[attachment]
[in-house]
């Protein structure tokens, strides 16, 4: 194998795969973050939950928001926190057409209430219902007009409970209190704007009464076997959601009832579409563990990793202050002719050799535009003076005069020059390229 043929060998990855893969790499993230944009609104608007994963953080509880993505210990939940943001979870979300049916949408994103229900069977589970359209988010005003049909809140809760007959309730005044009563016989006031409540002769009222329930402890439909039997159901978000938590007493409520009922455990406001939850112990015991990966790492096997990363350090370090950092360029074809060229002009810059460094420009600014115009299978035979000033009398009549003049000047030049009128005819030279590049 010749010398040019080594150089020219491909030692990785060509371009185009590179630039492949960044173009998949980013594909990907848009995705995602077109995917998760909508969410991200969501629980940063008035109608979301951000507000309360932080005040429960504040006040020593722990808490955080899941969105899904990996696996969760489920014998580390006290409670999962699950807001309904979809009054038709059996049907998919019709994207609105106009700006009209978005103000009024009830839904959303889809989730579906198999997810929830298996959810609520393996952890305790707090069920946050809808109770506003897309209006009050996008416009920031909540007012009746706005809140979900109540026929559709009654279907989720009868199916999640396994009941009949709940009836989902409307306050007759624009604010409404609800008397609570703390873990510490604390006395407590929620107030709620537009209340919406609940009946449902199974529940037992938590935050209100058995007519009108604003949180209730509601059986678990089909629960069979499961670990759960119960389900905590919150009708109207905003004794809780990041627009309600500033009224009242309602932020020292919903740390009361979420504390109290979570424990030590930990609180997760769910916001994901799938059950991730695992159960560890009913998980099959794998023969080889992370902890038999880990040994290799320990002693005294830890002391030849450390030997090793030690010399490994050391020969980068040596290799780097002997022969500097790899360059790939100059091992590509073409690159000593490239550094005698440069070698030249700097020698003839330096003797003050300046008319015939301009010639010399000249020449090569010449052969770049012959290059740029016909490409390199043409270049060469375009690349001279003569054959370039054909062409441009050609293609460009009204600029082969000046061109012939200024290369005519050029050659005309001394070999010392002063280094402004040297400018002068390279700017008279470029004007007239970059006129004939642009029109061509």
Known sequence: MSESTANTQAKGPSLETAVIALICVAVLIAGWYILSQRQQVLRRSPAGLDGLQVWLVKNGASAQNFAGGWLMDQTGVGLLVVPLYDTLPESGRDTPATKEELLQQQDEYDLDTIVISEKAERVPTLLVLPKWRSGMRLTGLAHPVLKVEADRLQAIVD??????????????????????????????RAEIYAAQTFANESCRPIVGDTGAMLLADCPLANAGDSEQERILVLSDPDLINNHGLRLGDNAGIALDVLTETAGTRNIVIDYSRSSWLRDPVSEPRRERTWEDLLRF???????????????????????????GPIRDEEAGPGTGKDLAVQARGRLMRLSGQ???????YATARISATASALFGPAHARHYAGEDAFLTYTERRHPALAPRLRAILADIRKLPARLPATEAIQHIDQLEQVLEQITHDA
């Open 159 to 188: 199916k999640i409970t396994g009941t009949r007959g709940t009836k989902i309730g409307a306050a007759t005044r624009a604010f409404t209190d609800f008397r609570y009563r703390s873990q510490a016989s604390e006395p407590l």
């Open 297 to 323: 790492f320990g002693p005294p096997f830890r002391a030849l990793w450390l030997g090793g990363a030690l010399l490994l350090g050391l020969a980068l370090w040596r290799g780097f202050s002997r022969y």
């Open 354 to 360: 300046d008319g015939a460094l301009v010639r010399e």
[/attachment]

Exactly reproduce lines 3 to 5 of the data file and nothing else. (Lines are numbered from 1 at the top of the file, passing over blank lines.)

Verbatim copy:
Known sequence: MSESTANTQAKGPSLETAVIALICVAVLIAGWYILSQRQQVLRRSPAGLDGLQVWLVKNGASAQNFAGGWLMDQTGVGLLVVPLYDTLPESGRDTPATKEELLQQQDEYDLDTIVISEKAERVPTLLVLPKWRSGMRLTGLAHPVLKVEADRLQAIVD??????????????????????????????RAEIYAAQTFANESCRPIVGDTGAMLLADCPLANAGDSEQERILVLSDPDLINNHGLRLGDNAGIALDVLTETAGTRNIVIDYSRSSWLRDPVSEPRRERTWEDLLRF???????????????????????????GPIRDEEAGPGTGKDLAVQARGRLMRLSGQ???????YATARISATASALFGPAHARHYAGEDAFLTYTERRHPALAPRLRAILADIRKLPARLPATEAIQHIDQLEQVLEQITHDA
């Open 159 to 188: 199916k999640i409970t396994g009941t009949r007959g709940t009836k989902i309730g409307a306050a007759t005044r624009a604010f409404t209190d609800f008397r609570y009563r703390s873990q510490a016989s604390e006395p407590l």
């Open 297 to 323: 790492f320990g002693p005294p096997f830890r002391a030849l990793w450390l030997g090793g990363a030690l010399l490994l350090g050391l020969a980068l370090w040596r290799g780097f202050s002997r022969y």